You’ve been hearing that Brood X cicadas are coming to New Jersey for a while now. But when exactly will they appear outside your door, how long will they hang around and what should you do if you’re having anxiety about a backyard invasion? We asked Dr. Jim Fredericks, chief entomologist for the National Pest Management Association about what we should expect when these noisy red-eyed insects re-emerge in New Jersey (and on your lawn).

New Jersey Family: The cicadas are returning to New Jersey after a 17-year absence. What does this actually mean for us? When are they expected to emerge in full force? 

Jim Fredericks: They will emerge over a two-month period across much of the state beginning in May 2021. The trigger for periodical cicada emergence is soil temperature eight inches deep. The soil temperature must reach 64 degrees Fahrenheit to trigger emergence. The emergence will be greatest in areas that have plenty of trees and experienced high levels of cicadas 17 years ago. It’s important to note that in areas that were forested 17 years ago, which are now shopping centers, parking lots or housing developments with young trees–cicada levels will be drastically reduced from 17 years ago. Cicadas spend 17 years developing underground feeding on the roots of trees.

NJF: Some of us are having major anxiety about cicadas swarming our backyards. How likely is this?

JF: Unlike pests such as bed bugs, termites or cockroaches, cicadas do not cause harm. They do not bite or sting and are unlikely to cause any damage to trees. It is understandable that some people may not like billions of bugs emerging all at once, so luckily for them, they will likely be gone by mid-July.

NJF: How should we be preparing for cicadas?

JF: No preparation is necessary, but if you decide to venture out for cicada watching, wear bug repellant to keep ticks and mosquitoes at bay. When you return home, do a thorough tick check. For more information about ticks and how to avoid them, visit Some young seedling trees could experience damage when cicadas lay eggs on young branches. If you have a very young tree you are concerned about, it can be covered with light netting to keep cicadas off.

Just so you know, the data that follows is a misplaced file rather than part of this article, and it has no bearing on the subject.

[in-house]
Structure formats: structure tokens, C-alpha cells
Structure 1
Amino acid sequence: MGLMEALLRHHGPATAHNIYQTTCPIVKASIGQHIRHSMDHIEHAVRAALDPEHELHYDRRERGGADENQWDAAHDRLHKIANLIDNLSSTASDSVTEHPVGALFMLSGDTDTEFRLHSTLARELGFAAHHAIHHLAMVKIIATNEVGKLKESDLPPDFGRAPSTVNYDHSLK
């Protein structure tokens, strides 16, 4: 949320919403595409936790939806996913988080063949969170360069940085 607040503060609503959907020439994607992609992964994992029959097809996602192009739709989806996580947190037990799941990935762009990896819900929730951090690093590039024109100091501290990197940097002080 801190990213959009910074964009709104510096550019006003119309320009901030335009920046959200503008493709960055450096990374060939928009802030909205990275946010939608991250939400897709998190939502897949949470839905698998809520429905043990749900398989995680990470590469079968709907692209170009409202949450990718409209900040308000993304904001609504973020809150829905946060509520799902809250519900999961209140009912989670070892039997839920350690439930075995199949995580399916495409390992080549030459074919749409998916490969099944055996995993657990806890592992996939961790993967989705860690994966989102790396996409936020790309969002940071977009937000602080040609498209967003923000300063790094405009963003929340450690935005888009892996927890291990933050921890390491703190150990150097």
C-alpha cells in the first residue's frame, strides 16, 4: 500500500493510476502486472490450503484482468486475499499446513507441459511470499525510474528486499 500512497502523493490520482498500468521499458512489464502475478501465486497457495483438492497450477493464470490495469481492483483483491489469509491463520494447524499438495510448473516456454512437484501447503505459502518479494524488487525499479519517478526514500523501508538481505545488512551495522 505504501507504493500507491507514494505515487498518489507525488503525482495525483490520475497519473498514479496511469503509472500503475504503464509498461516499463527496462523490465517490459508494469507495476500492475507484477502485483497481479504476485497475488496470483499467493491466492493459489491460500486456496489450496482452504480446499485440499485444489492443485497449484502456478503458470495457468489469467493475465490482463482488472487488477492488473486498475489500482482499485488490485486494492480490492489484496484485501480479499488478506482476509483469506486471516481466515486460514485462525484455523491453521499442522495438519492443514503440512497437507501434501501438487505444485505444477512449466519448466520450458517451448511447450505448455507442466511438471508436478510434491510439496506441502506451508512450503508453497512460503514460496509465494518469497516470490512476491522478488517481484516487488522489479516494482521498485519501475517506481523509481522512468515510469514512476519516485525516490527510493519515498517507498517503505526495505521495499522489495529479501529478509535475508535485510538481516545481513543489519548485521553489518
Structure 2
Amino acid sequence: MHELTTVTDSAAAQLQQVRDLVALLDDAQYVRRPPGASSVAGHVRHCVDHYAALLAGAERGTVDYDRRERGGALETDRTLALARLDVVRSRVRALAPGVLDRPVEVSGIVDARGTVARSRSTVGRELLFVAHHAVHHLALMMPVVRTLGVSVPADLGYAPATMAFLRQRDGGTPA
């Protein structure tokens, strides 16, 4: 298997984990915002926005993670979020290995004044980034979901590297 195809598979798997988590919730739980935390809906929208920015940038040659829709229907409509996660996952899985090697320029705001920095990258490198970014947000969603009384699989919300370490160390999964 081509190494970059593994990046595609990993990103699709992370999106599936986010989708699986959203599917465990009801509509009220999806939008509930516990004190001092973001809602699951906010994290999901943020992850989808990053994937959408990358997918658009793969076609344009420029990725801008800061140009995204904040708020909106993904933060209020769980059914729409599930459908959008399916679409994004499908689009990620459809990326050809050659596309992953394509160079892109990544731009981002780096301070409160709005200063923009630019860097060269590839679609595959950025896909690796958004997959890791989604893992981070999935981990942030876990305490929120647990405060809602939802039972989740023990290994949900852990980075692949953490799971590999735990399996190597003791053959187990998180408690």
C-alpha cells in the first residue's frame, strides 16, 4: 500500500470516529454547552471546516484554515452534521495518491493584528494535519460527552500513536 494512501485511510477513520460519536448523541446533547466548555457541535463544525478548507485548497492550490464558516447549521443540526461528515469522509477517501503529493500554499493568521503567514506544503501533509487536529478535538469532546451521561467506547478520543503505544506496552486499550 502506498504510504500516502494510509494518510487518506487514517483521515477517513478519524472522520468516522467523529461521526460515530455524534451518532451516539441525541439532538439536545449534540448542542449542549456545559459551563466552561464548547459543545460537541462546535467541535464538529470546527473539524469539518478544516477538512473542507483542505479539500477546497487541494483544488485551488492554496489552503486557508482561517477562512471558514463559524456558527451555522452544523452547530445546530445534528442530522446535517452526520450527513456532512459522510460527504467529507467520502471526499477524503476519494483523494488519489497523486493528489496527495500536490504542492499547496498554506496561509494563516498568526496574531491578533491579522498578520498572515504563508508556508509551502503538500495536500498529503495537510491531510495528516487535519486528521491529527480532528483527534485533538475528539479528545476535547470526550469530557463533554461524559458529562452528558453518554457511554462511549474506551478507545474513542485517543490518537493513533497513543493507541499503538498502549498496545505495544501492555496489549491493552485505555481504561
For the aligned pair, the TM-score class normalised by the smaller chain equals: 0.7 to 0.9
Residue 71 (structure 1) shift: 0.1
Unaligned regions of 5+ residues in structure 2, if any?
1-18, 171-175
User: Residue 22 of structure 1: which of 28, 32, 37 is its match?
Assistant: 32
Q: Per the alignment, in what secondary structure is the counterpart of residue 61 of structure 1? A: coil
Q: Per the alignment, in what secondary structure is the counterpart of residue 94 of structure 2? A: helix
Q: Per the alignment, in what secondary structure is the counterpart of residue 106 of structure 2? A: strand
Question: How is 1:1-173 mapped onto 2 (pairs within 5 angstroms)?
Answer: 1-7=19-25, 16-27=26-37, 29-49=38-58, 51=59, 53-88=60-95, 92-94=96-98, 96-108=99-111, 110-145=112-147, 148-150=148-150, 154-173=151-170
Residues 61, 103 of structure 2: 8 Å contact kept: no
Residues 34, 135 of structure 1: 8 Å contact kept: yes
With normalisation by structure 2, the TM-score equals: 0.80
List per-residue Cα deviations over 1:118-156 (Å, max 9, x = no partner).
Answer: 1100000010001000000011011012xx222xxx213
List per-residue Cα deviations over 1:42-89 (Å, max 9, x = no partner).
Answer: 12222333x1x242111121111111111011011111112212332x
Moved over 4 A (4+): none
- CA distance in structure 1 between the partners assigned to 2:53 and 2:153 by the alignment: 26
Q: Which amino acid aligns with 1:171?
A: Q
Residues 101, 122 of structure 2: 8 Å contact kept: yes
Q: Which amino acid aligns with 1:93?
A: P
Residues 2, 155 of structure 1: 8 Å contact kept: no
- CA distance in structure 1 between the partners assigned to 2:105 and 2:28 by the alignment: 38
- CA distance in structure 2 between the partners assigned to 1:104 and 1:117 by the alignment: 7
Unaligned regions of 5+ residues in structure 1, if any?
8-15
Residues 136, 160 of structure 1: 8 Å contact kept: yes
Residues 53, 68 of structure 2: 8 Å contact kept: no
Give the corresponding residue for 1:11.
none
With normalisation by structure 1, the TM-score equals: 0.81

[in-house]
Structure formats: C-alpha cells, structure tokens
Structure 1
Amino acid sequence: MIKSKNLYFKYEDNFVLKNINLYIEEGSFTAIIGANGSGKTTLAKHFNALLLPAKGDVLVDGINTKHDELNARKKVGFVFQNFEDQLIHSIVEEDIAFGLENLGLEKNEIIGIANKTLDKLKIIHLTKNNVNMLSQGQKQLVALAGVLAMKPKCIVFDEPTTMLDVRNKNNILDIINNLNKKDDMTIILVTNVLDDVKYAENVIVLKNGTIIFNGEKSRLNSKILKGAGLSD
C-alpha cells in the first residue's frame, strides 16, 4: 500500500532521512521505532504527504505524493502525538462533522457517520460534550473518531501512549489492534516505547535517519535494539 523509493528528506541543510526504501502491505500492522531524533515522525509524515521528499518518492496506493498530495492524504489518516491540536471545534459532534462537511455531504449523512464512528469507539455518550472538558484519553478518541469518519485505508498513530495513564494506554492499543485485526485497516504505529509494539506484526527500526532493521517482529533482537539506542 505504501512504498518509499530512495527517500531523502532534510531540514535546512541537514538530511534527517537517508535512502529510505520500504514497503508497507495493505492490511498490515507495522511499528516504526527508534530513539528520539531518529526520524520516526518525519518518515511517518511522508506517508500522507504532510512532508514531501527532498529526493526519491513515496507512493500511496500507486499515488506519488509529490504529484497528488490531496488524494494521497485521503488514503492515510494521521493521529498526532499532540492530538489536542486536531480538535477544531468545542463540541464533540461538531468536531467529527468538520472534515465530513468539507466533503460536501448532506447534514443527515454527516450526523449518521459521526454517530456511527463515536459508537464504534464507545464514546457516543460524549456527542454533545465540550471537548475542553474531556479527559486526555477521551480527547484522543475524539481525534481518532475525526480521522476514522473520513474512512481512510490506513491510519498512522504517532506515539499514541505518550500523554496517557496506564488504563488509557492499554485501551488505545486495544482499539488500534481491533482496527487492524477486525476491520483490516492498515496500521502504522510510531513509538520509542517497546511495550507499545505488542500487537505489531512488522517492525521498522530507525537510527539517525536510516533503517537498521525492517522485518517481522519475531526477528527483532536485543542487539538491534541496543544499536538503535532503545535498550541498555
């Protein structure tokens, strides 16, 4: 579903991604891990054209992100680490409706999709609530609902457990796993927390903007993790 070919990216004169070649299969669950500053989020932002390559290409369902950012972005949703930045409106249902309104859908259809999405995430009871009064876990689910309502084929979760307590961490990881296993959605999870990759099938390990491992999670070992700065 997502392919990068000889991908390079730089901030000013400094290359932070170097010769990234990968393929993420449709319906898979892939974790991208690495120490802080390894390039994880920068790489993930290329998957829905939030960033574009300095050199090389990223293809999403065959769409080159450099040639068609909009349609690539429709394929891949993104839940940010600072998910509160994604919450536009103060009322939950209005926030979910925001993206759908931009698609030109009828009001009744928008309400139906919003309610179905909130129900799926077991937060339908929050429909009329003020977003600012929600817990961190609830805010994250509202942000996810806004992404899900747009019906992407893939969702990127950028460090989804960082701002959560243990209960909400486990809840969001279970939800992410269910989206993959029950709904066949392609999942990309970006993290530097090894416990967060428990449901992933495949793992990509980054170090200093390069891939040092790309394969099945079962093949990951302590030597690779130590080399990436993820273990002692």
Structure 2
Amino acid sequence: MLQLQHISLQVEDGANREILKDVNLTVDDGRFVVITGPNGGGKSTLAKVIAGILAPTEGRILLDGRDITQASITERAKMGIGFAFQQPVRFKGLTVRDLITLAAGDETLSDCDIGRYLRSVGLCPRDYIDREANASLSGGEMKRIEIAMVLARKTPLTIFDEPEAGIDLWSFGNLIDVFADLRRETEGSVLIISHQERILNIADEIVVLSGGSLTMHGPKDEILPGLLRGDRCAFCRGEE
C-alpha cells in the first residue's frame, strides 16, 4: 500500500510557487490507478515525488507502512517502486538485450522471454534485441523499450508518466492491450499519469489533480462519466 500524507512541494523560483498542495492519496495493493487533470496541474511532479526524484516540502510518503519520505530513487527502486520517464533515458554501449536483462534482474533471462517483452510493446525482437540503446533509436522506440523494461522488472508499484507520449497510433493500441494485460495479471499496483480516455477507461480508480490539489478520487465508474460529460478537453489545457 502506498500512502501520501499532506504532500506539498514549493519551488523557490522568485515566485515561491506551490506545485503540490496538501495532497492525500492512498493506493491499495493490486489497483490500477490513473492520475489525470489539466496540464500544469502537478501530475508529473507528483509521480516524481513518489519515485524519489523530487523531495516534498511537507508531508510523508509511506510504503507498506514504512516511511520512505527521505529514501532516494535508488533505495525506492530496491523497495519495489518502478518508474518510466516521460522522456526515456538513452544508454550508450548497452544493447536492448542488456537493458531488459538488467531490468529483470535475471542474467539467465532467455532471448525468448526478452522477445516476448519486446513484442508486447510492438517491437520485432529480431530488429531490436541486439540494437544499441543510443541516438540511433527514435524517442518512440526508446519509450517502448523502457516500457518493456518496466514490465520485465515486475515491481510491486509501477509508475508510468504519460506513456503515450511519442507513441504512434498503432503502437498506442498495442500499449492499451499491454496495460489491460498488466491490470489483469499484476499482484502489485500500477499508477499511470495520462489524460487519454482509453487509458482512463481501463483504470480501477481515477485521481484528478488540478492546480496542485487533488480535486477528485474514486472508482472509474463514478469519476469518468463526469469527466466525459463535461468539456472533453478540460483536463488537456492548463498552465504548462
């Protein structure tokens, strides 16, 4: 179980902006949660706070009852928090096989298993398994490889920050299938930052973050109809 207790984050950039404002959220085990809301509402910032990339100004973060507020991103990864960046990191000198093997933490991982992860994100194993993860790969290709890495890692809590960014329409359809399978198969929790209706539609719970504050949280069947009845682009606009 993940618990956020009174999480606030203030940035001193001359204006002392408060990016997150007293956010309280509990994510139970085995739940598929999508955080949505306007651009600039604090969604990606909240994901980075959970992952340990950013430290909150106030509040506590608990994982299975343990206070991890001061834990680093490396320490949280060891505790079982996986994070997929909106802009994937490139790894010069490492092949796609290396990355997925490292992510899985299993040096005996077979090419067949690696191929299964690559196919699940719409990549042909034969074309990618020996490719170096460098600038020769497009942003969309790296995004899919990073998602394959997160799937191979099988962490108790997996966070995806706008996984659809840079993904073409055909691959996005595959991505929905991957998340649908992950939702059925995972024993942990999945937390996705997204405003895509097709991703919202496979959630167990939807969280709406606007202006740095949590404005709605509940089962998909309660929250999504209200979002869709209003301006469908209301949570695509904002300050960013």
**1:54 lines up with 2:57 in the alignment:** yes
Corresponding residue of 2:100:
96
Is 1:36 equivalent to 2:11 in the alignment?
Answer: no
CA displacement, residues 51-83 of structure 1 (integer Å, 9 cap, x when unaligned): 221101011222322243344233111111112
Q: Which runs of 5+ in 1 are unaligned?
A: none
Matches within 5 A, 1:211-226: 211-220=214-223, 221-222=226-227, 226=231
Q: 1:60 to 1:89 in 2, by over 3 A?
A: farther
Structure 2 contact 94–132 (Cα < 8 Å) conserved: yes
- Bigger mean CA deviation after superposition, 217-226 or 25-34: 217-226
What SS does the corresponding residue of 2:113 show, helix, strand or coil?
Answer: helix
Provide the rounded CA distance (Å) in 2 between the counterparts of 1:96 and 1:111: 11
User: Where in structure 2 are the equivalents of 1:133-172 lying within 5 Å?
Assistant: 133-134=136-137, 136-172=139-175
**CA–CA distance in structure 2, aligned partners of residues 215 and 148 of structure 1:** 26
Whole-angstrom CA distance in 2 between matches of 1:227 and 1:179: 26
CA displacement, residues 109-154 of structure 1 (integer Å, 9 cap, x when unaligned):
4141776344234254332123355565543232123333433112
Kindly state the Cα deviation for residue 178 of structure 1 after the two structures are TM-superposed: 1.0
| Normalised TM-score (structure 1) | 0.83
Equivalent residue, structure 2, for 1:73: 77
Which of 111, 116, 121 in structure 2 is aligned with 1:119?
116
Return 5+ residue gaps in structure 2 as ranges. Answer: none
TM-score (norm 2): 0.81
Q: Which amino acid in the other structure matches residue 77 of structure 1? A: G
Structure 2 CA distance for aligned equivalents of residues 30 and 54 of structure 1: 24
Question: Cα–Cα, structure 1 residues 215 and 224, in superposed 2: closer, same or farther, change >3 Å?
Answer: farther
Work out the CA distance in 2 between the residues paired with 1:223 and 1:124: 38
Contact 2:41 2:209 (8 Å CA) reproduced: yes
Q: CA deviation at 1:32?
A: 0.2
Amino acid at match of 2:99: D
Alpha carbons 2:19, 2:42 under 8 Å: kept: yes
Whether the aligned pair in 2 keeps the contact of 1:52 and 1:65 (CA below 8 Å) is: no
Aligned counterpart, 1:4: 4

NJF: What should we do if we see cicadas en masse in our yards?

JF: Cicadas emerge from the ground by the hundreds or thousands per acre in their nymph stage. Once above ground, they will shed their shells, which you may find discarded near trees or on the ground. Rake your lawn regularly and discard any left behind shells to prevent build-up.

In areas of high concentrations of cicadas, they can cause damage to very young trees when they lay their eggs on young tree branches. Protect tree saplings by covering them with netting or cheesecloth. Netting should have a mesh of no less than 1/4 inch and should be placed over the trees when the first male songs are heard. In late July, many trees will have some dead leaves appearing at the end of some branches, this is normal and will not be harmful to healthy trees.

NJF: What should our kids know about cicadas and what to do if they see them?

JF: While the emergence of billions of cicadas may be unnerving, they are harmless to people. This spectacle of nature only occurs once every 17 years, so be sure to also take a moment to enjoy this natural wonder while it lasts. Cicadas provide food for many animals, including birds, reptiles, snakes, and even spiders and other arthropods. When underground, the nymphs construct tunnels that aerate the soil and allows for roots to get more access to nutrients and oxygen for growth. The cicadas that emerge don’t live for very long and the large piles of cicadas that have died increase nitrogen in the soil that enhances plant and tree growth.

NJF: How long will they be around? 

JF: Just as quickly as they will emerge, Brood X cicadas will disappear. After spending 17 long years underground, these nuisance pests only live for a few weeks to mate and lay eggs. Six to 10 weeks after the adults die off, the nymphs will begin to burrow underground to feed and grow for nearly two decades. Above ground, cicadas only live for a few weeks and Brood X will most likely be gone sometime in July.

NJF: What can we do to prevent the Brood X cicadas from making their way inside our homes?

JF: Cicadas are clumsy fliers and have been known to fly into people or objects that cross their paths. As a result, it is common for cicadas to unknowingly land in your hair, get stuck on your clothes or fly into your home if you leave doors and windows open. Periodical cicadas, however, are unable to breed indoors, so an infestation in your home is not likely.

Cicadas will not harm you, but here are some tips to limit your interactions with cicadas and prevent them from entering your home:

      • Ensure your doors and windows have screens if you keep them open on warm days.
      • Carry an umbrella, wear a hat or keep long hair tied back when spending time outdoors.
      • Limit the amount of time you spend outdoors during the day. Cicadas are least active early in the morning when temperatures are cooler and during nighttime.

For more info about cicadas, head to